If you live in New England, you might be meeting a lot of Emmas and Benjamins soon.
The top baby names in Massachusetts in 2017 largely reflected national trends, as 393 babies in the Bay State were named Emma and 492 tykes were dubbed Benjamin, according to data released Thursday by the Social Security Administration.
In fact, all top 10 girls’ names in the United States made an appearance on the top Massachusetts list, although in a bit of a different order.
However, three boys’ names appeared on the top 10 list in Massachusetts that were not in the national top 10: Lucas, John, and Michael, according to the agency.
One boys’ name that was way more popular here than nationwide? Thomas — it came in 13th in Massachusetts, but 48th nationwide. And in case you have an inkling of why that may be, we’ll also point out Brady was the 76th most popular boys’ name in Massachusetts — but didn’t break the top 100 nationally. Meanwhile, Julian was 16th in Massachusetts, but 36th nationwide. (Bill Belichick is also in good company: William was the second most-used baby name for boys here. . . but it was also the third most popular nationwide, so we’ll abstain from drawing any conclusions on that one.)
The Social Security Administration is a pretty trustworthy source for top baby names, since parents supply their newborn’s name to the agency when applying for the child’s Social Security card.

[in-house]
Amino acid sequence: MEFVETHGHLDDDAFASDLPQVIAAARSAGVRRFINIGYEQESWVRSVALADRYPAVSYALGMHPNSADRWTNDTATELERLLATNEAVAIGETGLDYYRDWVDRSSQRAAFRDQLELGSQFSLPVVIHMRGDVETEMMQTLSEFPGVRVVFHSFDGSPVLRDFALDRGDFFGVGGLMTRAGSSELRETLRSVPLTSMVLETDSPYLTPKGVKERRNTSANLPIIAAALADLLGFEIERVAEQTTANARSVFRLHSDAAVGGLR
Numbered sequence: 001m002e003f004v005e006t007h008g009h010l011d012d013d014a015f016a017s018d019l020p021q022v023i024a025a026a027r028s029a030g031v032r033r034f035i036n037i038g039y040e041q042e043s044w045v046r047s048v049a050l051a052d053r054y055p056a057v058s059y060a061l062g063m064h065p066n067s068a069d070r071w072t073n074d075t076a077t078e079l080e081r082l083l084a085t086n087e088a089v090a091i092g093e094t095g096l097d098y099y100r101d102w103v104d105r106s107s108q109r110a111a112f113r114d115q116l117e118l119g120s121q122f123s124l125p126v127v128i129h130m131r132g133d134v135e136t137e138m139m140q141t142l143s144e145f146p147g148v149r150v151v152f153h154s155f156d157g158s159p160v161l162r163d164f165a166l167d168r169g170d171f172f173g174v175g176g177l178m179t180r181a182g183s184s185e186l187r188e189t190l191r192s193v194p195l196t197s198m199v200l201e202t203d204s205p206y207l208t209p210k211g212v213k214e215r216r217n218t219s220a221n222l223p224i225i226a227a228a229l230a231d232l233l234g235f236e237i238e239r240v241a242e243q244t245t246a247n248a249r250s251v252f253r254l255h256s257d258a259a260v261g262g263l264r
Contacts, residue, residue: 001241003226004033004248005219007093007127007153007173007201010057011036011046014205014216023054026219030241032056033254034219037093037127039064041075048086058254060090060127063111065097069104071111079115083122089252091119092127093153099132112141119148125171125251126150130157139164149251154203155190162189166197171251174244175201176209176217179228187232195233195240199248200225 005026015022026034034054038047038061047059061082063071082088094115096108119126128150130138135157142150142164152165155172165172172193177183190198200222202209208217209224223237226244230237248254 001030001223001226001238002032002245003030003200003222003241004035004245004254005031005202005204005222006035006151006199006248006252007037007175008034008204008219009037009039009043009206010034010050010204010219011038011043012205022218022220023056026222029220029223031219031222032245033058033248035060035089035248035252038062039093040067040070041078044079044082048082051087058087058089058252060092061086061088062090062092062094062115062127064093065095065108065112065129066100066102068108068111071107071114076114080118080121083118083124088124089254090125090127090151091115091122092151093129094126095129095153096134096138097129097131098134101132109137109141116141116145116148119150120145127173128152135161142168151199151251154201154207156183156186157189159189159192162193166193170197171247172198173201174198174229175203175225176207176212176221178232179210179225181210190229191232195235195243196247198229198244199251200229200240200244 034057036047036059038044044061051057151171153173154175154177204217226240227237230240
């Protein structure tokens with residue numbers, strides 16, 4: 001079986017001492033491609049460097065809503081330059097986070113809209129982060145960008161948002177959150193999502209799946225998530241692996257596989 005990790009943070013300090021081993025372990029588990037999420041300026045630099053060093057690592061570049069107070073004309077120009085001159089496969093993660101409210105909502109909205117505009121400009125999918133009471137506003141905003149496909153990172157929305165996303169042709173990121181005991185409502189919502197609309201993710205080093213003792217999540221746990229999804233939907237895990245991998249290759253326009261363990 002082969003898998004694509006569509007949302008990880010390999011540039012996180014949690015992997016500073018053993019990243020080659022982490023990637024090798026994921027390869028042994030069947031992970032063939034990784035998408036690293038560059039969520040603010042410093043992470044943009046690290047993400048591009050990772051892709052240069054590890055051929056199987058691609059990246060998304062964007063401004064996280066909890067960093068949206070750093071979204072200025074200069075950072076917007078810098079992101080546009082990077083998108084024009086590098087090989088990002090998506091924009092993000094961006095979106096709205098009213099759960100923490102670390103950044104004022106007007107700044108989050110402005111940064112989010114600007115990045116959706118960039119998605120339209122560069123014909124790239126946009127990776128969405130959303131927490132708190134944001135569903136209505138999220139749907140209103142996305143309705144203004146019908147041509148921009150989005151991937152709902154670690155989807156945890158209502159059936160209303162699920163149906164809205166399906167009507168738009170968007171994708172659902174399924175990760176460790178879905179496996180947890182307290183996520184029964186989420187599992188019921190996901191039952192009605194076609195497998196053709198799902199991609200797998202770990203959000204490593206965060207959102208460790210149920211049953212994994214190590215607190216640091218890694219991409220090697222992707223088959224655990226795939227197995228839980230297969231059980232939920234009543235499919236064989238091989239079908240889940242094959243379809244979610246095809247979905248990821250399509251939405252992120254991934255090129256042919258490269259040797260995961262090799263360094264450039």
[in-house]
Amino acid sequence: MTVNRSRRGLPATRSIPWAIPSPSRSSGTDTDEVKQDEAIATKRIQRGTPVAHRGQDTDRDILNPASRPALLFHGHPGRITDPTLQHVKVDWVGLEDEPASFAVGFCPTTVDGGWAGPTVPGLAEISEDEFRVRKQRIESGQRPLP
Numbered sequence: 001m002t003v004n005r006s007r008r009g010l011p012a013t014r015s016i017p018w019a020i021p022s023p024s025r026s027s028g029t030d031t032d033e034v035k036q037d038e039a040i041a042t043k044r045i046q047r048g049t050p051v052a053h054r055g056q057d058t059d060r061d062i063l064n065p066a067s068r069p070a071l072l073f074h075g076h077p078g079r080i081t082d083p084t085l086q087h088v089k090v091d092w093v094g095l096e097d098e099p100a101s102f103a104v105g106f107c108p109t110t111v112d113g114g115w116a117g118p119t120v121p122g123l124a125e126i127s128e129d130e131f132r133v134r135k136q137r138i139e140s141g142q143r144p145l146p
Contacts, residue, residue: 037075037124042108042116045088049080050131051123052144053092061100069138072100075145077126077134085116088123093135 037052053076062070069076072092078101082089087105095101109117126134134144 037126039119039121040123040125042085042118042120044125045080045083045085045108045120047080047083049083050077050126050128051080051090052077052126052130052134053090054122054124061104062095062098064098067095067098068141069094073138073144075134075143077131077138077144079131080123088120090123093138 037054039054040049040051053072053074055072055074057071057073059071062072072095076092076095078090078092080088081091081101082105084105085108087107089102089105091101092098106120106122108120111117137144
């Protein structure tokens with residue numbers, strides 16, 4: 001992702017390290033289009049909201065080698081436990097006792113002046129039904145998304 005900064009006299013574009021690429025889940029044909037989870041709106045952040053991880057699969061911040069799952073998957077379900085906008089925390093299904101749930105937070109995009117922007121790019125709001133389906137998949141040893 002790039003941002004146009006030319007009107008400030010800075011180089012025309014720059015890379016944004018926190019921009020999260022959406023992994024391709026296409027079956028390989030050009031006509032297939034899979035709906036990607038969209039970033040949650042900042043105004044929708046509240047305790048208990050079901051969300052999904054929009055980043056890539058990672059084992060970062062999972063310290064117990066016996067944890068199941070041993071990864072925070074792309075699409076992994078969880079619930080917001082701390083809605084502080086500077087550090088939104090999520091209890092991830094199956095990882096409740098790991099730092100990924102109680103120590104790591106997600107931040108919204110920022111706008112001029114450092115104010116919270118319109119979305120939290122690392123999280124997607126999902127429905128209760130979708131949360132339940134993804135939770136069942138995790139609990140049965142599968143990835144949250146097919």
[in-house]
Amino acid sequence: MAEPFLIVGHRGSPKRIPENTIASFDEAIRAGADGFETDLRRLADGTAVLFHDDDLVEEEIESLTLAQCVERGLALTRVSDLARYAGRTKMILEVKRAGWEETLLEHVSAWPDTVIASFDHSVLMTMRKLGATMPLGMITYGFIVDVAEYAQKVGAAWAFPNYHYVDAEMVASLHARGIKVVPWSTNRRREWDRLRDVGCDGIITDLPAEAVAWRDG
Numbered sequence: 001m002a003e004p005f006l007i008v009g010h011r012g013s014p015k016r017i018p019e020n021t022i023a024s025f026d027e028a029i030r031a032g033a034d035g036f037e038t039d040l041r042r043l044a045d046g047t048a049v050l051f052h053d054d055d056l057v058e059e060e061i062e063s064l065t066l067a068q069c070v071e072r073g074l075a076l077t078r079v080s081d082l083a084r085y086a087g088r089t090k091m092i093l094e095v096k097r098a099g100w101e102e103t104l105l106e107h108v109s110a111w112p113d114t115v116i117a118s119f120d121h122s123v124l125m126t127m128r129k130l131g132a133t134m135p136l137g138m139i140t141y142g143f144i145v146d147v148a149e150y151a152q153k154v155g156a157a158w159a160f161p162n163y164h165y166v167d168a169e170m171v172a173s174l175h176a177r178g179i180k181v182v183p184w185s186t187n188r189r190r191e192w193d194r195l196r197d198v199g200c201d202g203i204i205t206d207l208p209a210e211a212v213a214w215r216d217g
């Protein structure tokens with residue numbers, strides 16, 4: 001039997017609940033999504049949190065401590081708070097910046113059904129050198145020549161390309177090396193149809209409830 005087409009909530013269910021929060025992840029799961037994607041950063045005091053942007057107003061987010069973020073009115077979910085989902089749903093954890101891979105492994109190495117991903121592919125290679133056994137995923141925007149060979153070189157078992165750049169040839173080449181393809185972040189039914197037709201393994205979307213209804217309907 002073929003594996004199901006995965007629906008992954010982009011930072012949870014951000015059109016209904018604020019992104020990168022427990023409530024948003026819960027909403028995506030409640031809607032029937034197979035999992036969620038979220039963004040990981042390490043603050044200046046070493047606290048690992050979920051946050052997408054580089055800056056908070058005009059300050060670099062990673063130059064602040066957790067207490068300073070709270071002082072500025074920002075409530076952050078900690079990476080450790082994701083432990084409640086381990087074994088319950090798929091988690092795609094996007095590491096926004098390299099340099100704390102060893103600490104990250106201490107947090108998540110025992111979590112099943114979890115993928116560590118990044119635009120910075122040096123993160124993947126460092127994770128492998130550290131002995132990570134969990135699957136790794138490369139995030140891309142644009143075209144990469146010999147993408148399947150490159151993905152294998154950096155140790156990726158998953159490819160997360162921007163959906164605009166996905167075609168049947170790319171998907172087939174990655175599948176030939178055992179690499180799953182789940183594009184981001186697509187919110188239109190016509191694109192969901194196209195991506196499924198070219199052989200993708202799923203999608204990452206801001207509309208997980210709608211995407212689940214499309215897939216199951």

The agency began compiling the baby name list in 1997, with names dating back to 1880.
Nationally, reality TV seemed to be influencing names in 2017. Wells — as in the popular contestant on “The Bachelorette” — rose from 1,419 to 915. Meanwhile, Dream — which Rob Kardashian and Blac Chyna named their daughter in late 2016 — also rose in popularity last year. Many newborn boys were also curiously named Nova — perhaps in a nod to the Villanova Wildcats winning the 2016 NCAA Men’s Basketball Championship, the agency said in a statement last week.
Politics also seems to have had a hand in national baby name trends, with more parents naming their girls Melania, according to the agency.
Pamela Redmond Satran, who blogs about baby-naming and is also co-founder of the baby name site Nameberry.com, told the Associated Press last week that the rise of Liam reflects the large population of Irish people in the US who may not speak Gaelic, but have ethnic pride.
Ethnic pride could also be a factor for parents of Hispanic descent. A lot of new parents ‘‘are using Hispanic names rather than trying to pick more Anglo-fied names,’’ Satran said.Material from the Associated Press was used in this report.